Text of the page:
Analog displays are more challenging to read, but they’re not at all impossible to understand. As the home draws current from the power lines, small gears inside the meter turn arrows, and those arrows indicate power consumption. The following steps will help when reading an electric meter:

1. Take a pencil and paper out to the meter and stand in front of it, as close to eye level as possible.
2. Draw five circles on the paper, all in a row, to represent the meter’s dials. While this seems rudimentary, it will help with understanding where the individual readings belong in the next step.
3. Begin reading the dials, starting with the dial furthest to the right and working to the left. Write down the numbers as you go, recording them in their corresponding circle.
4. Record the numbers written in the dials on the paper in standard number format. The number will indicate the kilowatt hours used.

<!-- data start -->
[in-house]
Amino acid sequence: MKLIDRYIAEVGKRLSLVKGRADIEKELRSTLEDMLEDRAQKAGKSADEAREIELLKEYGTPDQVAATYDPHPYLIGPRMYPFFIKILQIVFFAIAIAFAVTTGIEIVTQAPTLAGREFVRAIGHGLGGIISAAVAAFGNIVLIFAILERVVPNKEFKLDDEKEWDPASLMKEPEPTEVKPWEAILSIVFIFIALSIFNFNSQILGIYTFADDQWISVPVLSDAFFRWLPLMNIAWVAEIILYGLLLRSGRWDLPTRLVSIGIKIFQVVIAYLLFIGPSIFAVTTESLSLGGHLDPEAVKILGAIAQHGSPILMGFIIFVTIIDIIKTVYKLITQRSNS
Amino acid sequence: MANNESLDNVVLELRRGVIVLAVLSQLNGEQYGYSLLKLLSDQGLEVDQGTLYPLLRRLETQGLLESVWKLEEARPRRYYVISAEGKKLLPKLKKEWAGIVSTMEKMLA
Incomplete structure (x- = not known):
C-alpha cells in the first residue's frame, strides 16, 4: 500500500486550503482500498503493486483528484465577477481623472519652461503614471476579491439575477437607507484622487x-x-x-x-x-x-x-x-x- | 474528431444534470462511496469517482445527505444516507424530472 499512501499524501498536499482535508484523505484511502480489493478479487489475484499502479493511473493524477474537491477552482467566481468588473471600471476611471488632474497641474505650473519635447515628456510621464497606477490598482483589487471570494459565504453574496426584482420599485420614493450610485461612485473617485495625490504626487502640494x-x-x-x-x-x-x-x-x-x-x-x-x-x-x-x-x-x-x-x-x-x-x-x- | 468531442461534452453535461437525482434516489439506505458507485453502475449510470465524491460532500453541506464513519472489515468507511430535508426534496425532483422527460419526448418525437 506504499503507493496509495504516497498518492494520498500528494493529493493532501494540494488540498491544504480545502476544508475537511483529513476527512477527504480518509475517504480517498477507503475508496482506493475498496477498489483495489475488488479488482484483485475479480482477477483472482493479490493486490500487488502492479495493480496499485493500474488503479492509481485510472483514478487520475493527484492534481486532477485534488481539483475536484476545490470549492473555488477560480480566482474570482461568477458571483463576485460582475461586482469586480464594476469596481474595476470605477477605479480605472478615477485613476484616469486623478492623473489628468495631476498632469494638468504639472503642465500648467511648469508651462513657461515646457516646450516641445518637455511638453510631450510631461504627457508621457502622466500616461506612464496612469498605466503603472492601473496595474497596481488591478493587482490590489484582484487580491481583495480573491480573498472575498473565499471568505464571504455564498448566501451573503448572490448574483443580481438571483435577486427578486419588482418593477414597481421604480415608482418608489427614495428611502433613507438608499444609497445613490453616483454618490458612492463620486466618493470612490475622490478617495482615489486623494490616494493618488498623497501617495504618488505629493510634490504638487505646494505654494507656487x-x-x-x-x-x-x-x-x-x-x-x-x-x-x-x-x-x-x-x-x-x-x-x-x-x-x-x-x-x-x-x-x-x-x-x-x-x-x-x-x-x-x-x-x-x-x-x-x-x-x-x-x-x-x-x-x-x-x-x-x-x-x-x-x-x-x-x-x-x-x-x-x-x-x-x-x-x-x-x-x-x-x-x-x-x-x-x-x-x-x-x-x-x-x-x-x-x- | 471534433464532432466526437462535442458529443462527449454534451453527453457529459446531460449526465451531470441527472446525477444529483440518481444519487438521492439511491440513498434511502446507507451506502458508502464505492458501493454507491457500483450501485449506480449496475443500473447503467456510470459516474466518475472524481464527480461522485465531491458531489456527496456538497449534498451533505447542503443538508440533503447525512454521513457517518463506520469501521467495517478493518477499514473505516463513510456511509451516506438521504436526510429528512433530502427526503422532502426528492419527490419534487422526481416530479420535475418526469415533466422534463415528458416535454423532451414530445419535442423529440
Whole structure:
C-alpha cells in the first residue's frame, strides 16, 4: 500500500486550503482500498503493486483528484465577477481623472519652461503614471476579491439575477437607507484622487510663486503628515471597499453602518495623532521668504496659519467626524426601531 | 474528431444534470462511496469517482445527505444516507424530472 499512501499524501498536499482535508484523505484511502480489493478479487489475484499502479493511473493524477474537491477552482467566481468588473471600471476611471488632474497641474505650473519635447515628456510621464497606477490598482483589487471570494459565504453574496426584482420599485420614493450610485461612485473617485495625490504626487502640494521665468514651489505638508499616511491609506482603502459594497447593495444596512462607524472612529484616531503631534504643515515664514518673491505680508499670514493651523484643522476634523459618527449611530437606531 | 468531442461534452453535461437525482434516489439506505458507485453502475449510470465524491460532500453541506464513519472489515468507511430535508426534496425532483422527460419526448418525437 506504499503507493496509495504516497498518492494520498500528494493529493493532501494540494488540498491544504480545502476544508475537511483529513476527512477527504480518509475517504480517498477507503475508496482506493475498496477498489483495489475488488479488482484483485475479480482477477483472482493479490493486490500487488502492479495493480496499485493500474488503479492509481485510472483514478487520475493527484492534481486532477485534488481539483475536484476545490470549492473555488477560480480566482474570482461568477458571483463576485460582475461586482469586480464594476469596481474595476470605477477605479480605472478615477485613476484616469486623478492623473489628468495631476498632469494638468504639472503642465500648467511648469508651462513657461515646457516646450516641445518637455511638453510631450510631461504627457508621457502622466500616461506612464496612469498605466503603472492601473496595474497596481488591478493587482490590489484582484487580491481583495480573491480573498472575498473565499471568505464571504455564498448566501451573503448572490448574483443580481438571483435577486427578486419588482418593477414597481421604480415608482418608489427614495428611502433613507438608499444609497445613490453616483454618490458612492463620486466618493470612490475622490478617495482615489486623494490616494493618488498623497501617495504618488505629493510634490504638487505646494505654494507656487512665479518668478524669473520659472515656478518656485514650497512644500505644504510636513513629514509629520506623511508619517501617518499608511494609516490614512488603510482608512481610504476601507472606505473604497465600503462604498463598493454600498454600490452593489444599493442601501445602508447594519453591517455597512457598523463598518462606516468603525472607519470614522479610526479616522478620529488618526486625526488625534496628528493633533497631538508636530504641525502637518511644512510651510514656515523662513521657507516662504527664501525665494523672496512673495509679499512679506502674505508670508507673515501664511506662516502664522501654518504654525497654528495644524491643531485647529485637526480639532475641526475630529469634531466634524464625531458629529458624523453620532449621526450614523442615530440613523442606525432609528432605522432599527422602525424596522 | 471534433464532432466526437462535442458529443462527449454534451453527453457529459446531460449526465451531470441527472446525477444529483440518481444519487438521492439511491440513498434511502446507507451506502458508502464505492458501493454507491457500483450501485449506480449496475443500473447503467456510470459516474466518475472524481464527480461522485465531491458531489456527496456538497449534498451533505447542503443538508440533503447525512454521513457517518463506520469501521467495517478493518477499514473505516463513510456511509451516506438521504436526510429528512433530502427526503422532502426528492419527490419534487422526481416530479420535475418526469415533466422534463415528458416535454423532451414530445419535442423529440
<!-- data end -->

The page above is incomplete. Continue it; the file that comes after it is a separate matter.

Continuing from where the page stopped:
Arrows that fall between numbers indicate the smaller of the two numbers. For example, an arrow that falls between a 5 and 6 should be recorded as 5. However, do be aware that some dials run clockwise while others run counterclockwise.

If an arrow appears to land directly on a digit, look to the dial to the right of it. If the arrow has passed the 0 on the adjacent dial, then the arrow is indicating the correct value. If the arrow on the adjacent dial has not passed zero, round down by one.

Using this method, it’s possible to track monthly energy consumption. Simply read your electric meter on the same day each month and compare the results. And, for folks who might be wondering where all that electricity is going, it helps to know which appliances and systems are the most common electricity hogs in the average home.

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## How to Read a Gas Meter